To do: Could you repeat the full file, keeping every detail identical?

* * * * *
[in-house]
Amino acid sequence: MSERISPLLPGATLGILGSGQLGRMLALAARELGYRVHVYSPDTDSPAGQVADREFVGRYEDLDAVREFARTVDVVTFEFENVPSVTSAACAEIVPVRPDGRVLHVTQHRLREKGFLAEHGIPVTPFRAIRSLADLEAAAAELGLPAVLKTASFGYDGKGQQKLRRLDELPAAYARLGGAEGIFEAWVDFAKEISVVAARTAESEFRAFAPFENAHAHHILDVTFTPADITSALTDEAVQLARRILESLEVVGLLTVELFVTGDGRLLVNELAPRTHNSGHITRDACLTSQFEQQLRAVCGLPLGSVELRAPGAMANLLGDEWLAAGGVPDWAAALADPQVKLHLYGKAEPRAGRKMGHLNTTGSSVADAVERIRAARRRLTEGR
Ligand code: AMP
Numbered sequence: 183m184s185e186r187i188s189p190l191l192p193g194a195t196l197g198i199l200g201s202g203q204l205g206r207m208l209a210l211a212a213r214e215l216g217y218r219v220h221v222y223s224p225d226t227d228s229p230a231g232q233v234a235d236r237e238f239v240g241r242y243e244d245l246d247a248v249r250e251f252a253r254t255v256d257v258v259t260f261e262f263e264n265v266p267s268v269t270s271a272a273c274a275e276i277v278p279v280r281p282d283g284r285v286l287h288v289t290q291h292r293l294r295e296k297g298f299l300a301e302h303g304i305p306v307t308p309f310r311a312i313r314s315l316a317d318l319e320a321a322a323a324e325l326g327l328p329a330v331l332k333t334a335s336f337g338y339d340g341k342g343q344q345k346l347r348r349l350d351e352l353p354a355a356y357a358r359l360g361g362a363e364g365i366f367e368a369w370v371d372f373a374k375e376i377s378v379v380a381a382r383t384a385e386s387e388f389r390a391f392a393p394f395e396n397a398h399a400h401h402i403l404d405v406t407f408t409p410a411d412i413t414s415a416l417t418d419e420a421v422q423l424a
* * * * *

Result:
[in-house]
Amino acid sequence: MSERISPLLPGATLGILGSGQLGRMLALAARELGYRVHVYSPDTDSPAGQVADREFVGRYEDLDAVREFARTVDVVTFEFENVPSVTSAACAEIVPVRPDGRVLHVTQHRLREKGFLAEHGIPVTPFRAIRSLADLEAAAAELGLPAVLKTASFGYDGKGQQKLRRLDELPAAYARLGGAEGIFEAWVDFAKEISVVAARTAESEFRAFAPFENAHAHHILDVTFTPADITSALTDEAVQLARRILESLEVVGLLTVELFVTGDGRLLVNELAPRTHNSGHITRDACLTSQFEQQLRAVCGLPLGSVELRAPGAMANLLGDEWLAAGGVPDWAAALADPQVKLHLYGKAEPRAGRKMGHLNTTGSSVADAVERIRAARRRLTEGR
Ligand code: AMP
Numbered sequence: 183m184s185e186r187i188s189p190l191l192p193g194a195t196l197g198i199l200g201s202g203q204l205g206r207m208l209a210l211a212a213r214e215l216g217y218r219v220h221v222y223s224p225d226t227d228s229p230a231g232q233v234a235d236r237e238f239v240g241r242y243e244d245l246d247a248v249r250e251f252a253r254t255v256d257v258v259t260f261e262f263e264n265v266p267s268v269t270s271a272a273c274a275e276i277v278p279v280r281p282d283g284r285v286l287h288v289t290q291h292r293l294r295e296k297g298f299l300a301e302h303g304i305p306v307t308p309f310r311a312i313r314s315l316a317d318l319e320a321a322a323a324e325l326g327l328p329a330v331l332k333t334a335s336f337g338y339d340g341k342g343q344q345k346l347r348r349l350d351e352l353p354a355a356y357a358r359l360g361g362a363e364g365i366f367e368a369w370v371d372f373a374k375e376i377s378v379v380a381a382r383t384a385e386s387e388f389r390a391f392a393p394f395e396n397a398h399a400h401h402i403l404d405v406t407f408t409p410a411d412i413t414s415a416l417t418d419e420a421v422q423l424a